Sunday, March 24, 2019

Palm Beach to St. Augustine

Perhaps we should add another metric: How often we hit other boats. Officially, today is 1.
So, the scoreboard reads:

     2 - nights anchored
     2 - times aground
     1 - scrape

We planned on dawdling the morning in Palm Beach. The little marina was very friendly and very affordable. But when we saw other boats heading out just as the sun came up, we got itchy gills (since itchy feet on a boat just means you need some ointment). We were pulling out just after 9 am.

It wasn't a far ride to St. Augustine. We met and chatted with (via radio) other loopers on their way. The day was warm, sunny, and the water friendly. With the exception of being massively waked by a boat called Summer Villa (I deemed him Summer Villain), it was a dandy ride.

The marina we're staying at is off the ICW on the San Sebastian River. It got some great reviews from other loopers; cheaper than the marinas right in the city, quieter, and more private, with easy access to the downtown. Sounded perfect. 

See the bumps on the beach? Those are cannonball jellyfish.
And they are everywhere!

As we headed up the river I noticed both the current and the wind. They weren't crazy strong, but they definitely impacted the movement of the boat. Russ hailed the marina on the radio, got no response. Then he called the on cell. By that time we'd passed the place. While he was getting docking instructions, I turned the boat around. All fine.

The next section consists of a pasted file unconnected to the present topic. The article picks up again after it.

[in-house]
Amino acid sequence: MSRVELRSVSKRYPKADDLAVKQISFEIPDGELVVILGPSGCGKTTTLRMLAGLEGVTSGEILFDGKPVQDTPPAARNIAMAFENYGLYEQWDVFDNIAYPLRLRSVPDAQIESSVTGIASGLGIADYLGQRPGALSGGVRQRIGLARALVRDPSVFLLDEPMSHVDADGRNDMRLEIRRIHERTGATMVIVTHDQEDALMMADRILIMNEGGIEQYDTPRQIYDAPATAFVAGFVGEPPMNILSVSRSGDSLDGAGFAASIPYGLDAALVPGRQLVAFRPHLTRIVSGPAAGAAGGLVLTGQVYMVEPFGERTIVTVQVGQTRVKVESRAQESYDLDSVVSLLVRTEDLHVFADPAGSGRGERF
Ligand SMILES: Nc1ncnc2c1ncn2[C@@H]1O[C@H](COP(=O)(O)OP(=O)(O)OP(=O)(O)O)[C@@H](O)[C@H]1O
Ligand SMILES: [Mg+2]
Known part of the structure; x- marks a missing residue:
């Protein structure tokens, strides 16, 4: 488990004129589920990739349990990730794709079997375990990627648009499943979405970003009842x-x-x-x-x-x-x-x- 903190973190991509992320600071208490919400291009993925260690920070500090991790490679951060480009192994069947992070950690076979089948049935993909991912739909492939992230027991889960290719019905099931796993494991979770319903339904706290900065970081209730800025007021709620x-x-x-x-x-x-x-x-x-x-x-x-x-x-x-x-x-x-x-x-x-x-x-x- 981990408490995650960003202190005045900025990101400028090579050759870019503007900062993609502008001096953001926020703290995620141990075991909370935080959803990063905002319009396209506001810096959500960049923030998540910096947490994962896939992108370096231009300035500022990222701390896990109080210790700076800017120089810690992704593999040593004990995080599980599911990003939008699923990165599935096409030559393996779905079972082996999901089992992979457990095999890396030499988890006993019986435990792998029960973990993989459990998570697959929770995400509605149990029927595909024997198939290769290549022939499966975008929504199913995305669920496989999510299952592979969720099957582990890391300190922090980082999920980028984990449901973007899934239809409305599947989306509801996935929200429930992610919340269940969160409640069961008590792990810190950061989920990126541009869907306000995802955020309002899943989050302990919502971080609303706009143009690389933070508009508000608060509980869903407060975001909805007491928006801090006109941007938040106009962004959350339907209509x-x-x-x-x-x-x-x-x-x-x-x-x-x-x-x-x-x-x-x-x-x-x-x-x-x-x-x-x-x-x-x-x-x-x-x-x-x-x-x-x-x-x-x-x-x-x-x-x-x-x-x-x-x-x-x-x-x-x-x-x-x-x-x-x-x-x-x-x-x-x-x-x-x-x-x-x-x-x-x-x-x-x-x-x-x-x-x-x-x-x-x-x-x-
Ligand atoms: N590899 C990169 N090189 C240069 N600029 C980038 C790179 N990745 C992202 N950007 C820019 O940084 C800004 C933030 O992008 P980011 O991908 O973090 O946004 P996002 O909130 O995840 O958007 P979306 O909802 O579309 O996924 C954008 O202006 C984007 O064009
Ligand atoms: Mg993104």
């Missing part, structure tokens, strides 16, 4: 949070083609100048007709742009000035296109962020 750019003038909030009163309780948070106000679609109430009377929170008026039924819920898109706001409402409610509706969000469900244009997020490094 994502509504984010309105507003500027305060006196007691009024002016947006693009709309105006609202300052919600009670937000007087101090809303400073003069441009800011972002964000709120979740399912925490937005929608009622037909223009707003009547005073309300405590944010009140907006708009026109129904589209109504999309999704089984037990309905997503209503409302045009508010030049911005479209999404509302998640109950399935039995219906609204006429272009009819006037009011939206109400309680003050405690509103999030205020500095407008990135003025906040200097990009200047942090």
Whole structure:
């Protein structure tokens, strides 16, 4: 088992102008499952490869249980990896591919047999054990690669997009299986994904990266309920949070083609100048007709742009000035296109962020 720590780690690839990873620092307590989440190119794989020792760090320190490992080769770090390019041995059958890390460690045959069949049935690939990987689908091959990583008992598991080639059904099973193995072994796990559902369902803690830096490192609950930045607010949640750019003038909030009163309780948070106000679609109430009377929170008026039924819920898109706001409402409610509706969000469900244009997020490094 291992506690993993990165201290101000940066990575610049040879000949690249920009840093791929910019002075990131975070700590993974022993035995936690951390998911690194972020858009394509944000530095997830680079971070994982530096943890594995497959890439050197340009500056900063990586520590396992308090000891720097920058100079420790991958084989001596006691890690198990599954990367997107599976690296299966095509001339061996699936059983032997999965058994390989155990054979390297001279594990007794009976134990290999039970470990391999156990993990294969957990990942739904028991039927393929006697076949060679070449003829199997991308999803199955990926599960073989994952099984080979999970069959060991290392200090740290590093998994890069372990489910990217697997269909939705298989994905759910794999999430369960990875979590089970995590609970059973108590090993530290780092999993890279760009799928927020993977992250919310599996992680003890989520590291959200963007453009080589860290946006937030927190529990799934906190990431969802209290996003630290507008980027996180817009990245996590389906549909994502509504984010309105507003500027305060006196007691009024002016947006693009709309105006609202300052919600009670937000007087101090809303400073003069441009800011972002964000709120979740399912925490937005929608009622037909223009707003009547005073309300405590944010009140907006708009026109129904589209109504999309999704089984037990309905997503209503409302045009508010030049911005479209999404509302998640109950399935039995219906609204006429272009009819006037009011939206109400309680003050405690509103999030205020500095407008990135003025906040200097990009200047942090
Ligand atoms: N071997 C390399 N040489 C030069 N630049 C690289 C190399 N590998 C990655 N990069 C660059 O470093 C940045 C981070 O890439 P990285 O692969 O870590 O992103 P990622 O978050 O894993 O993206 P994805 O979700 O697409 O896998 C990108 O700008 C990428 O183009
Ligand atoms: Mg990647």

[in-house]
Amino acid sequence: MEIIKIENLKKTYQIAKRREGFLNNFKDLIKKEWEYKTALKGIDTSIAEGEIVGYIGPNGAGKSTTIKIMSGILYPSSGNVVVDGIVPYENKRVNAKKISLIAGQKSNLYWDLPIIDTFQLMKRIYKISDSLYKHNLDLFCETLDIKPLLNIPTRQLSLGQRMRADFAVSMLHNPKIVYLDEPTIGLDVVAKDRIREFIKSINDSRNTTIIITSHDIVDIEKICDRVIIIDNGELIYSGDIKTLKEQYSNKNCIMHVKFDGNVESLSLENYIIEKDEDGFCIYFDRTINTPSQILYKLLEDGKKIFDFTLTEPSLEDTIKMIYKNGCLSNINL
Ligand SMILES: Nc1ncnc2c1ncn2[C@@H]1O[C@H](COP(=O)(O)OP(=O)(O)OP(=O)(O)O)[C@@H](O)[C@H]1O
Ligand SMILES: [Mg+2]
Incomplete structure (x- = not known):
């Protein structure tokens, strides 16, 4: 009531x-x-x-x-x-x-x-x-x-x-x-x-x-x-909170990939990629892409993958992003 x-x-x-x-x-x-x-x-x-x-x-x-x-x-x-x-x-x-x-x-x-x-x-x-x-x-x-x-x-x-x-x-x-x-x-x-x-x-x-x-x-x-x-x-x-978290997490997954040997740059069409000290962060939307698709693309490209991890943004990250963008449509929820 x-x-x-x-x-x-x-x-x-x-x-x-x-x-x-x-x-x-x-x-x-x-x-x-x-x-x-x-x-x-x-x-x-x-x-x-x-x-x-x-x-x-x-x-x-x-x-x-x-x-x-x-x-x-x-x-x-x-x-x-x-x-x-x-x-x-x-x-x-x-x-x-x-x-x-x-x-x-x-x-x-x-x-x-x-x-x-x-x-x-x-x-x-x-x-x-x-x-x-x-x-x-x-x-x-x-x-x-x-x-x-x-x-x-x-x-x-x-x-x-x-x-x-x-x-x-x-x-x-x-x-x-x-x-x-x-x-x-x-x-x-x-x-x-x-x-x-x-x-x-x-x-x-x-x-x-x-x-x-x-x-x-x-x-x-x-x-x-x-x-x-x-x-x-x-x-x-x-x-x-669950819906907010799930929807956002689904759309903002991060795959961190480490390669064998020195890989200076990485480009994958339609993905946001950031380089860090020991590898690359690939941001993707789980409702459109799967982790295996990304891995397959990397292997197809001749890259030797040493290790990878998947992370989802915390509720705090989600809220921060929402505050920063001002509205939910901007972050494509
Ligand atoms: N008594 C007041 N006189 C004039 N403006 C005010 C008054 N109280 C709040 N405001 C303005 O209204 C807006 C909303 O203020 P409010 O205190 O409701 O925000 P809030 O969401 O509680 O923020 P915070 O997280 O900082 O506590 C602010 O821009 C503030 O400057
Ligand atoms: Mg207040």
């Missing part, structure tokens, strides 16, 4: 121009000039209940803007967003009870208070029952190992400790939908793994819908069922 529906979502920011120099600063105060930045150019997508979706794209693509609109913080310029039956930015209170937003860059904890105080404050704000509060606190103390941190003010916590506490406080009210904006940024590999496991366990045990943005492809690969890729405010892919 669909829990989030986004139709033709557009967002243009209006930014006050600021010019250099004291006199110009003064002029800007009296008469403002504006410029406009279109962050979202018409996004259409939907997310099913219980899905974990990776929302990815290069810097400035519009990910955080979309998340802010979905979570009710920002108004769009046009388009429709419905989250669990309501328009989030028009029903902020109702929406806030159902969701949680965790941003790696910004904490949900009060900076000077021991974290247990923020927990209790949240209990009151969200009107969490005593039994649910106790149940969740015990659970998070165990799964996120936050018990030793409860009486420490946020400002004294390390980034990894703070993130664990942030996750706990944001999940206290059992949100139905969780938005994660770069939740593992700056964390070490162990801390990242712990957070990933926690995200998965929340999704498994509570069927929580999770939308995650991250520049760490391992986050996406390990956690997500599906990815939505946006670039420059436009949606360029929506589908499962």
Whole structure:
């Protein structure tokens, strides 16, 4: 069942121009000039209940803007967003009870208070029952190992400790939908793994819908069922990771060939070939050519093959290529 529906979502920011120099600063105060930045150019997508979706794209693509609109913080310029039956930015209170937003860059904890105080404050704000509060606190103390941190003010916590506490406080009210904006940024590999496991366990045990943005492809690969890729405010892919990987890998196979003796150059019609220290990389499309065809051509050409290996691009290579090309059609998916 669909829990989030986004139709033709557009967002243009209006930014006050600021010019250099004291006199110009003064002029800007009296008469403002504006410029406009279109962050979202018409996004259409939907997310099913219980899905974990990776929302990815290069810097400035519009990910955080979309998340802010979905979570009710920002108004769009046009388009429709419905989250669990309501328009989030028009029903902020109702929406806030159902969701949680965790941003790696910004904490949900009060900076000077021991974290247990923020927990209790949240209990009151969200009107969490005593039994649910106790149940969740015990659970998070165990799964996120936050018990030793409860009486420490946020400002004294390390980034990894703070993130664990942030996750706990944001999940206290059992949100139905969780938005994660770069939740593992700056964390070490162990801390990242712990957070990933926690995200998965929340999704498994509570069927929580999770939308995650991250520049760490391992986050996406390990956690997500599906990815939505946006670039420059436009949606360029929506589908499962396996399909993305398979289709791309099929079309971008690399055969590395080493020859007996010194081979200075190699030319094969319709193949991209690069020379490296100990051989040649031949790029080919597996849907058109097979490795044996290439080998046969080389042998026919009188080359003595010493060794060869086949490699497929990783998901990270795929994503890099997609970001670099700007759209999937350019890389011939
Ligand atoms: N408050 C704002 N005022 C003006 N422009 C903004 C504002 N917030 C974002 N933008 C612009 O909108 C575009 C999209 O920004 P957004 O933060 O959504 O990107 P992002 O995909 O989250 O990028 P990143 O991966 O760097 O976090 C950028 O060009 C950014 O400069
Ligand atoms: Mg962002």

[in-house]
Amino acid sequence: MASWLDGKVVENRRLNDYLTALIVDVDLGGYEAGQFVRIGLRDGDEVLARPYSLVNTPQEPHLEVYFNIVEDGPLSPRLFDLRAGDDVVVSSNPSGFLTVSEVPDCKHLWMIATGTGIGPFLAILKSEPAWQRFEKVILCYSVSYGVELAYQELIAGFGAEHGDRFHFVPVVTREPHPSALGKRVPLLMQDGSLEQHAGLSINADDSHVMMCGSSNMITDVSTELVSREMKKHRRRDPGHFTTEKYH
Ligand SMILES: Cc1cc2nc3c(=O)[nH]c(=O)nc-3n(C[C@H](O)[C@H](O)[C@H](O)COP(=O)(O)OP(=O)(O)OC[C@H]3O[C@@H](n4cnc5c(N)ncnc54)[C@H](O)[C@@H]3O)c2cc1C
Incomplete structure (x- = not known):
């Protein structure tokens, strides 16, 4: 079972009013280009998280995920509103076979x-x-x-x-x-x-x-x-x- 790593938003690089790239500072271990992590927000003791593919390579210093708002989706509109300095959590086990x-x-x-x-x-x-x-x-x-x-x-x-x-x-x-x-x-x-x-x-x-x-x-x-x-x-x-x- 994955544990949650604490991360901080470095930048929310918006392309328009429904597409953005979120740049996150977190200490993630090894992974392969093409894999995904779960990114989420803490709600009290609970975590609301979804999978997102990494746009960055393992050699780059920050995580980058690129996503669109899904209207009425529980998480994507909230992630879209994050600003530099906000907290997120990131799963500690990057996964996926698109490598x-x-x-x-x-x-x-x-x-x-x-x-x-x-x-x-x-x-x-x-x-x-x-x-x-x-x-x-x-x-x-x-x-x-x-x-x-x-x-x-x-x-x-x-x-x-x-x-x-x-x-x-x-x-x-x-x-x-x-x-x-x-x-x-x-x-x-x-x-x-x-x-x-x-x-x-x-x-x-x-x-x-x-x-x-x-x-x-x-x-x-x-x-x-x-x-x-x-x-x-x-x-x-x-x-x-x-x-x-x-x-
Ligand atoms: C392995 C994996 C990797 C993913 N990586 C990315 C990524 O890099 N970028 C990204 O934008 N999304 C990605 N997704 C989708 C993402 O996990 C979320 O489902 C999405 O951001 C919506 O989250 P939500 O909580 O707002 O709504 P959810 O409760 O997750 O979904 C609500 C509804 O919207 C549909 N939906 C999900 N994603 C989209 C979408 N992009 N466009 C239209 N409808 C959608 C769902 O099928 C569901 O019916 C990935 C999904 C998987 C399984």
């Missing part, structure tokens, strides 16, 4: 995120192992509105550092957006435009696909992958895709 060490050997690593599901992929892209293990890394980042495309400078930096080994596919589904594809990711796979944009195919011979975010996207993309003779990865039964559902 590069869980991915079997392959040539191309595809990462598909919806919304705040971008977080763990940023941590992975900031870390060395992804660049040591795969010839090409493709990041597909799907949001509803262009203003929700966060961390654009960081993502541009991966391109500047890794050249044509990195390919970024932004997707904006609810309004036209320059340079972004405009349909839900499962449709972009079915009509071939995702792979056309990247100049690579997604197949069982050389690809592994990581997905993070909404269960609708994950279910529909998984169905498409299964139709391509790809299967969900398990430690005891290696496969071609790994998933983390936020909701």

The instructions we got was to park on the T, between two boats, on the B dock. We were told it was a 50 foot space (and we are a 40 foot vessel). Right away, I notice the wind was pushing us into the dock. Moreover, I'm not wild about parking between two vessels. But we gave it a shot.

Other boat owners came out (it's what you do when you hear engines nearby) to lend a hand. In front was a power yacht, in back, a sailboat. I aimed for in between.

The approached went slowly, which is good. Russ tossed a line, someone caught it. But my back end started to drift towards the sailboat. I moved closer to the front, but I didn't feel like I had enough space. Meanwhile, we continued to move to the sailboat.

Finally, I said I was giving up, threw the starboard engines in reverse, trying to swing the dinghy away from the sailboat. I used some throttle, trying to back away, but I wasn't able to clear the boat. Our bumper skid along their side. That is such a horrible feeling.

Frazzled, I noticed the A dock had NO BOATS on it. I just parked Cat-n-Dogs there, without permission or incident. Russ went to the office to see remaining here would be okay. He came back with thumbs up.

Safely parked in A dock. You can see B dock behind us.
Being conscientious boaters, Russ went to the sailboat to offer compensation. He saw the scratches, three of them, the longest was maybe three inches. In other words, really not much at all. The sailboat owners were long timers at the marina and knew a repair person who happened to be working here at the time. We got a quote for repairs, and shook hands. 

Throughout much of the day I fretted over the incident. I feel I should have declined the spot once I saw it and saved everyone the excitement. But, it's done, and no real harm was made. 

We got out our bikes and headed for the darling town of St. Augustine.

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